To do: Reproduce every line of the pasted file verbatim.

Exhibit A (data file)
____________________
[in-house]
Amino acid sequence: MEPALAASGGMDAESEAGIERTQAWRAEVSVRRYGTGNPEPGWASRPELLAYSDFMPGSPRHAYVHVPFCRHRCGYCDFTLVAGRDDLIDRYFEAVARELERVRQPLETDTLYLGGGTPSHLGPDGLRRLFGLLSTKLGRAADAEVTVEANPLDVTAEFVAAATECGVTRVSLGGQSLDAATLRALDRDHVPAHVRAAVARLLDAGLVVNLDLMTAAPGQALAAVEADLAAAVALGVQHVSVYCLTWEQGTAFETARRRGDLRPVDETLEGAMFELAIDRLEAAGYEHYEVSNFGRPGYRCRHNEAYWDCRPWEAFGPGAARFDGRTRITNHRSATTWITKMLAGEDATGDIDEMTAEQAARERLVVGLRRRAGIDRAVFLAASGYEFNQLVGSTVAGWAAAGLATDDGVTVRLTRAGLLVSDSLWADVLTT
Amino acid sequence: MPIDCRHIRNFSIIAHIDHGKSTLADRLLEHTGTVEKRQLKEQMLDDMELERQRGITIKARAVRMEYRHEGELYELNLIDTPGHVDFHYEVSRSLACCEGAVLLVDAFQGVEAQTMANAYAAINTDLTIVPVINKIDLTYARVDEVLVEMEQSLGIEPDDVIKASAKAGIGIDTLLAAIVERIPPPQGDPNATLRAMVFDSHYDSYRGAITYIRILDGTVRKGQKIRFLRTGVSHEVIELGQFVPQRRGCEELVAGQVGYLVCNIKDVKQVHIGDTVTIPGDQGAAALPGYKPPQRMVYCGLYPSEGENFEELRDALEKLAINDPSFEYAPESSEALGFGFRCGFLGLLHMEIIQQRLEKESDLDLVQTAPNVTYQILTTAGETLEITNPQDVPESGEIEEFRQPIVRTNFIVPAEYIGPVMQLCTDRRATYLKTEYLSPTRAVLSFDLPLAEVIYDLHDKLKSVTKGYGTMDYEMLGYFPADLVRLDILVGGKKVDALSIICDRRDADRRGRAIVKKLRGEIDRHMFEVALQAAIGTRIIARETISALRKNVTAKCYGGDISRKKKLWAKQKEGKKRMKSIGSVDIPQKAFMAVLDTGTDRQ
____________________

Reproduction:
[in-house]
Amino acid sequence: MEPALAASGGMDAESEAGIERTQAWRAEVSVRRYGTGNPEPGWASRPELLAYSDFMPGSPRHAYVHVPFCRHRCGYCDFTLVAGRDDLIDRYFEAVARELERVRQPLETDTLYLGGGTPSHLGPDGLRRLFGLLSTKLGRAADAEVTVEANPLDVTAEFVAAATECGVTRVSLGGQSLDAATLRALDRDHVPAHVRAAVARLLDAGLVVNLDLMTAAPGQALAAVEADLAAAVALGVQHVSVYCLTWEQGTAFETARRRGDLRPVDETLEGAMFELAIDRLEAAGYEHYEVSNFGRPGYRCRHNEAYWDCRPWEAFGPGAARFDGRTRITNHRSATTWITKMLAGEDATGDIDEMTAEQAARERLVVGLRRRAGIDRAVFLAASGYEFNQLVGSTVAGWAAAGLATDDGVTVRLTRAGLLVSDSLWADVLTT
Amino acid sequence: MPIDCRHIRNFSIIAHIDHGKSTLADRLLEHTGTVEKRQLKEQMLDDMELERQRGITIKARAVRMEYRHEGELYELNLIDTPGHVDFHYEVSRSLACCEGAVLLVDAFQGVEAQTMANAYAAINTDLTIVPVINKIDLTYARVDEVLVEMEQSLGIEPDDVIKASAKAGIGIDTLLAAIVERIPPPQGDPNATLRAMVFDSHYDSYRGAITYIRILDGTVRKGQKIRFLRTGVSHEVIELGQFVPQRRGCEELVAGQVGYLVCNIKDVKQVHIGDTVTIPGDQGAAALPGYKPPQRMVYCGLYPSEGENFEELRDALEKLAINDPSFEYAPESSEALGFGFRCGFLGLLHMEIIQQRLEKESDLDLVQTAPNVTYQILTTAGETLEITNPQDVPESGEIEEFRQPIVRTNFIVPAEYIGPVMQLCTDRRATYLKTEYLSPTRAVLSFDLPLAEVIYDLHDKLKSVTKGYGTMDYEMLGYFPADLVRLDILVGGKKVDALSIICDRRDADRRGRAIVKKLRGEIDRHMFEVALQAAIGTRIIARETISALRKNVTAKCYGGDISRKKKLWAKQKEGKKRMKSIGSVDIPQKAFMAVLDTGTDRQ